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Canada - Educational System—overview

Education Encyclopedia - StateUniversity.comGlobal Education ReferenceCanada - History Background, Constitutional Legal Foundations, Educational System—overview, Preprimary Primary Education, Secondary Education


Canadians historically have believed that formal education should turn out not scholars so much as educated citizens capable of achieving and sustaining useful, self-sufficient lives (Johnson 1968). The educated citizen is therefore ideally equipped to use his knowledge to benefit his community and nation.

The ideal of a unified school system is one that evolved over time, since originally the French and British cultures generally founded schools unlike each other's.

In what would become the province of Quebec, the growth of towns was very slow in the seventeenth and early eighteenth centuries. The missionaries who served the children of the merchants, traders, and farmers first began their work in 1616. In the next 15 years, Jesuit missionaries also turned their talents to the education of native Indian children. The Jesuit order also founded a small college in colonial Quebec, creating a campus on lands designated for that purpose by the French crown.

Perhaps the low-water mark in the education of Canada's citizenry occurred in the areas once known as New France after the French defeat by Britain in 1763. The driving out of the French governors ended years of financial support for church schools in the form of grants. Worse, many of the teaching clergy and French missionaries elected to return to Europe or take assignments outside Canada following the defeat. In Quebec, accounts of the day by travelers report an astounding number of Canadians unable to read or write well into the nineteenth century.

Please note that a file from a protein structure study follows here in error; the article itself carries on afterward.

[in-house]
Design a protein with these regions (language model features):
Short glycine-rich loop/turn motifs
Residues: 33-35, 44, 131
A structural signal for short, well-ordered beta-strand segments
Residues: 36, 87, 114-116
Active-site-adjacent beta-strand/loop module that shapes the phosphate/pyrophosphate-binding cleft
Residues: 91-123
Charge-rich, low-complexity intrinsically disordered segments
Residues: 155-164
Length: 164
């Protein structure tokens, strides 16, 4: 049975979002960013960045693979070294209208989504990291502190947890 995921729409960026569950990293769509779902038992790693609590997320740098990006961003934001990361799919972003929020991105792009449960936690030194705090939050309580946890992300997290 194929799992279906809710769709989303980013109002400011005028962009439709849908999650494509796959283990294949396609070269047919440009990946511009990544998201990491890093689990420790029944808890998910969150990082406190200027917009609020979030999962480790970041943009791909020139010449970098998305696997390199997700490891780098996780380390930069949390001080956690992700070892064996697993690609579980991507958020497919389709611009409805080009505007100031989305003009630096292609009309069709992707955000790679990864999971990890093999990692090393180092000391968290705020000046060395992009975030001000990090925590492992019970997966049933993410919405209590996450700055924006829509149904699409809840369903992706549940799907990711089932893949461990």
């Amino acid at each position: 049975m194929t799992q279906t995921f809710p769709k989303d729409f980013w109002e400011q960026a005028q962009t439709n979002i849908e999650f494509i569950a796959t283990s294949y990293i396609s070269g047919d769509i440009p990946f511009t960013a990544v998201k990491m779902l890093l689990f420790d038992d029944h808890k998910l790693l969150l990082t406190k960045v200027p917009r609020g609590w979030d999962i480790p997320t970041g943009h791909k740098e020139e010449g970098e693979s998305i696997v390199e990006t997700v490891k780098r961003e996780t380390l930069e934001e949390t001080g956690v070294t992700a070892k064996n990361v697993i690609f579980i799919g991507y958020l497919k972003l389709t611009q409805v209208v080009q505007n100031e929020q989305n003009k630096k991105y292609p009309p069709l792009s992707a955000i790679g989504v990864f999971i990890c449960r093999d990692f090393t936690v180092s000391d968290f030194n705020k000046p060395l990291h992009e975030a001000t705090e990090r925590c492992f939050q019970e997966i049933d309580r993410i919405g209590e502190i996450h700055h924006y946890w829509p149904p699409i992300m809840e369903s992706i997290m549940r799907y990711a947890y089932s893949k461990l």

The alarming number of illiterate children and adults in Canada during the nineteenth century spurred reform attempts among educators that recommended the creation of nondenominational elementary and secondary schools open to the young of all religious sects. Around the fourth decade of the nineteenth century, many provinces arranged the construction of public, tax-supported schools to be overseen by government-connected boards or education departments. Decade after decade, province by province, these nondenominational schools became the primary institutions designated for public moneys. Some remnants of the past continue to be changed. In 1998, for example, the Government of Newfoundland and Labrador revamped some existing Pentecostal schools into a school system regulated by nondenominational guidelines.

Canada's prime minister and ruling government are involved tangentially in the running of schools. The government budgets grant moneys for postsecondary education, vocational training for the adult populace, and second language training to meet the goals of a nation committed to bilingualism. Government moneys assist with student loans, as well as meeting the needs of Indians pursuing an education, the education of those serving in the armed forces, and schooling and vocational training for those undergoing rehabilitation in federal prisons.